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Using Labels on Children
Q: The school where my five-year-old son attends is confusing us. At one time they labeled him gifted and then later they suggested that he might be mildly autistic. He is a normal child in every way. Though he does not like rough play, he interacts well with children whose play is mild. He speaks very proper English and has been reading since he was two years old. What can we do?
A: What you must do is find out if your son has a problem or not. Who are the "they" who first labeled your child gifted then mildly autistic? Are they highly qualified professionals capable of making these diagnoses? Or are they teachers searching for a way to describe your child?
Autism typically appears during the first three years of life. Its symptoms and characteristics can vary from mild to severe. According to the Autism Society of America, children with autism typically have difficulties in verbal and non-verbal communication, social interactions, and leisure or play activities. For more information on autism, go online to the Autism Society of America website.
What was the criteria for calling your son gifted? Was it the result of an IQ score, or because he is far ahead of other children his age in specific areas of academic performance? Most gifted children learn to read easily, often before entering school, which your son accomplished. To learn more about giftedness, visit the National Association for Gifted Children website and the ERIC Clearinghouse on Disabilities and Gifted Education.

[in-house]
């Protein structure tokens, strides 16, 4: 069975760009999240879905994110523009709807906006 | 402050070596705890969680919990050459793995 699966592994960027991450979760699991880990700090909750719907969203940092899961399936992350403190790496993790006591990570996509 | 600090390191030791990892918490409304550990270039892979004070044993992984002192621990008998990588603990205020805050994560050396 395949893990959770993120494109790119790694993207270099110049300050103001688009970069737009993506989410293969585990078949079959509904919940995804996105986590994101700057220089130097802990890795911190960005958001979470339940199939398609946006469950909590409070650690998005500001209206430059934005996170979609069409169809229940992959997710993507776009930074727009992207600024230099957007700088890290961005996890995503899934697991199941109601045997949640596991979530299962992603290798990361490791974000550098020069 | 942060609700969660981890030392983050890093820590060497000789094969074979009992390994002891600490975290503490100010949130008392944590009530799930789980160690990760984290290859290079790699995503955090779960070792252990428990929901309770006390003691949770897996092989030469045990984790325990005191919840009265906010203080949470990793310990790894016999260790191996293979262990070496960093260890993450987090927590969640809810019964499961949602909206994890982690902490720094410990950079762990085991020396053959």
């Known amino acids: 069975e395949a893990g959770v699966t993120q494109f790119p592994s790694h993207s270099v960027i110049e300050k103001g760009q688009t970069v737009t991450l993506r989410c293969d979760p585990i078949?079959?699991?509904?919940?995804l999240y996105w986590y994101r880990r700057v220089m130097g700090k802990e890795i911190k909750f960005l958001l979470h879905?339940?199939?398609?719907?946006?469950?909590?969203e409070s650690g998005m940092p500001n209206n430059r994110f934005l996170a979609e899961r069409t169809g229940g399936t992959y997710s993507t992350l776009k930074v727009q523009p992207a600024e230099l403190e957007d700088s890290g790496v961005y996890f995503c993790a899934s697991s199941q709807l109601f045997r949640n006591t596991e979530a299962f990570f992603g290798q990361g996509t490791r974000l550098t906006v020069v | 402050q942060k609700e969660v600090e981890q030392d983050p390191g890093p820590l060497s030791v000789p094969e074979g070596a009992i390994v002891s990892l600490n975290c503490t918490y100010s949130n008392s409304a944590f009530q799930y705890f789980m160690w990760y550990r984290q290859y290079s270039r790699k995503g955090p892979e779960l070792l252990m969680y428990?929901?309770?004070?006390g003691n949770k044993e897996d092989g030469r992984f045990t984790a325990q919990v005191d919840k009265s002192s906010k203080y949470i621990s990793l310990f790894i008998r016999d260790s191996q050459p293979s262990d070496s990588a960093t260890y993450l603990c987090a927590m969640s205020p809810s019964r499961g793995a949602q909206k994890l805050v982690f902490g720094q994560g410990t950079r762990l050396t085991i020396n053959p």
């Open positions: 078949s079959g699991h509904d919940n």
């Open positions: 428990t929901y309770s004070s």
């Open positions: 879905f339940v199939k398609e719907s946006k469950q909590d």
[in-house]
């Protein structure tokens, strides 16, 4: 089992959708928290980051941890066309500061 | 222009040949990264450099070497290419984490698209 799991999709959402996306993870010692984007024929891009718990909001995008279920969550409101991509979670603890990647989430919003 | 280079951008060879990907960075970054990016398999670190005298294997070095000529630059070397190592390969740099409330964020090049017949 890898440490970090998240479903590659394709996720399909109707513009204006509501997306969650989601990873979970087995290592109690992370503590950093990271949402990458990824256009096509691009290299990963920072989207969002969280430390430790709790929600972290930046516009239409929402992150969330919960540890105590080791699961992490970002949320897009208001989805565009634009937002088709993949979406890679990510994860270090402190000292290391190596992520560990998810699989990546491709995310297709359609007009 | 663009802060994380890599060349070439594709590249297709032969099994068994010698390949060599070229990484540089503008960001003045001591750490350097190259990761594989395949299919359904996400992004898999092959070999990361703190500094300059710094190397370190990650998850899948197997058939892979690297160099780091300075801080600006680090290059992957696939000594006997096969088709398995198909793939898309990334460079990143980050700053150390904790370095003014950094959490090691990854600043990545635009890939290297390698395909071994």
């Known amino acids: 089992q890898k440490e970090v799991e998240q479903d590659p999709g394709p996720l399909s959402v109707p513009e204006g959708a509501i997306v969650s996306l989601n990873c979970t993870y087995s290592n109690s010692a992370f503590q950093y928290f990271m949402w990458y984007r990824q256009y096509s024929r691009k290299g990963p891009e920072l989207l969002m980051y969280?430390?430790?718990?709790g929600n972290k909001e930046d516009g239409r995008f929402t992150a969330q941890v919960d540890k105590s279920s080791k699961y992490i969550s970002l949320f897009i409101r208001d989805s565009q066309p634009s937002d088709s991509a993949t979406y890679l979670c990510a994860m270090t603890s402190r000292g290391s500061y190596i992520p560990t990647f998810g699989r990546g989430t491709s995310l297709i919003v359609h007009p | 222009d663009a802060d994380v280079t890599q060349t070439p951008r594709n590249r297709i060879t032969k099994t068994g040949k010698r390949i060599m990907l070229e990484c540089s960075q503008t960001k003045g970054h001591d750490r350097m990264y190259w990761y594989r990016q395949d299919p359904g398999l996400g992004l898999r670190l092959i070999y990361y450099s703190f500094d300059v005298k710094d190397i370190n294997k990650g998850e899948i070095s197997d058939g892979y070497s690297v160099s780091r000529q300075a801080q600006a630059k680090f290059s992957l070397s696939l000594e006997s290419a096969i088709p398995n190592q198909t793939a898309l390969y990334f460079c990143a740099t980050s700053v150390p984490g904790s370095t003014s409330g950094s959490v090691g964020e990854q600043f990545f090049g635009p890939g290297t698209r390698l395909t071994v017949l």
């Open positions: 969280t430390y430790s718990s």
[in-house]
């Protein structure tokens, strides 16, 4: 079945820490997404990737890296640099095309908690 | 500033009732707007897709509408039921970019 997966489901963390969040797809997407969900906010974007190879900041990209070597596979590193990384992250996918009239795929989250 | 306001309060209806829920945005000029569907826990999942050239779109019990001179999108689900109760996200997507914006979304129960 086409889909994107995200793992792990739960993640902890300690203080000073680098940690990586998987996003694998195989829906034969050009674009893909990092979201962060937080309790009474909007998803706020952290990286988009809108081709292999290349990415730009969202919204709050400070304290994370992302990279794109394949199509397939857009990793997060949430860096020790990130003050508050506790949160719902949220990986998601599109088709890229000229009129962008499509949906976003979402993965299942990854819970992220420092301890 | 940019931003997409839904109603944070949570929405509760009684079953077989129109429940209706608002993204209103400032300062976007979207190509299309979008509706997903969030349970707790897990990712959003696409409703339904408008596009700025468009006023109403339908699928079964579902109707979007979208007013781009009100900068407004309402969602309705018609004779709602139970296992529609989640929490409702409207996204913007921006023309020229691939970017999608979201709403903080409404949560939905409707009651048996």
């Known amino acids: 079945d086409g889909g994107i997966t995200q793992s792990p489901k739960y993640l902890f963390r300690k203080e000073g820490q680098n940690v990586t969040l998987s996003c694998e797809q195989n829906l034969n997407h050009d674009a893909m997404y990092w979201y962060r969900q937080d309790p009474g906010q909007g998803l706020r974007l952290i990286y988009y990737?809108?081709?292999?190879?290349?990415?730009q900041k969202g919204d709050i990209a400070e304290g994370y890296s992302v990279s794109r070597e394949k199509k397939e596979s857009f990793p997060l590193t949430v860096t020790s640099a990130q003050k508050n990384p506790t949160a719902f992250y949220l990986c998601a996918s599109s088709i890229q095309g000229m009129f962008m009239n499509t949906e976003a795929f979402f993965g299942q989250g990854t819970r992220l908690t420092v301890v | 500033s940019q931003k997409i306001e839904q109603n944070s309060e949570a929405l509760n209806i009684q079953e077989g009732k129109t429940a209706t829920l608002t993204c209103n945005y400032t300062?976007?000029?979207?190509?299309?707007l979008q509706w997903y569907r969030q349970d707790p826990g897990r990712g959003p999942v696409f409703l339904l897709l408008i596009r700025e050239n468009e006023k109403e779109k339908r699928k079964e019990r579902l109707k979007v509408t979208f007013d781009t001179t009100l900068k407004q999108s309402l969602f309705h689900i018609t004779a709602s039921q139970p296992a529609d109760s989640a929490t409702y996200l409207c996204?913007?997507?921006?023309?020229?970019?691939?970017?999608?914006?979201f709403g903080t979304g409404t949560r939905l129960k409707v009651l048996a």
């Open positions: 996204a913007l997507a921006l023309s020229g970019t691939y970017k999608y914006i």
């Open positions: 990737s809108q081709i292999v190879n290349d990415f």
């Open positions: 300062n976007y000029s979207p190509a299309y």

Many people don't realize that there are gifted students who have disabilities. In fact, this is a whole new area in the educational field. Educators are now trying to identify gifted students with specific disabilities and improve the interdisciplinary cooperation between the gifted and special education departments. Fortunately, gifted students with disabilities are not that common; however, they are two percent of the school population.
Your son may require more extensive services from the school in order to develop to his full potential. It is absolutely essential that you request in writing that the school evaluate him for learning disabilities. As the school will not be able to initiate the testing process until next year, you may wish to talk to your child's pediatrician now about the validity of the labels the school is assigning to your son.
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Peggy Gisler and Marge Eberts are experienced teachers who have more than 60 educational publications to their credit. They began writing books together in 1979. Careers for Bookworms was a Book-of-the-Month Club paperback selection, and Pancakes, Crackers, and Pizza received recognition from the Children's Reading Roundtable. Gisler and Eberts taught in classrooms from kindergarten through graduate school. Both have been supervisors at the Butler University Reading Center.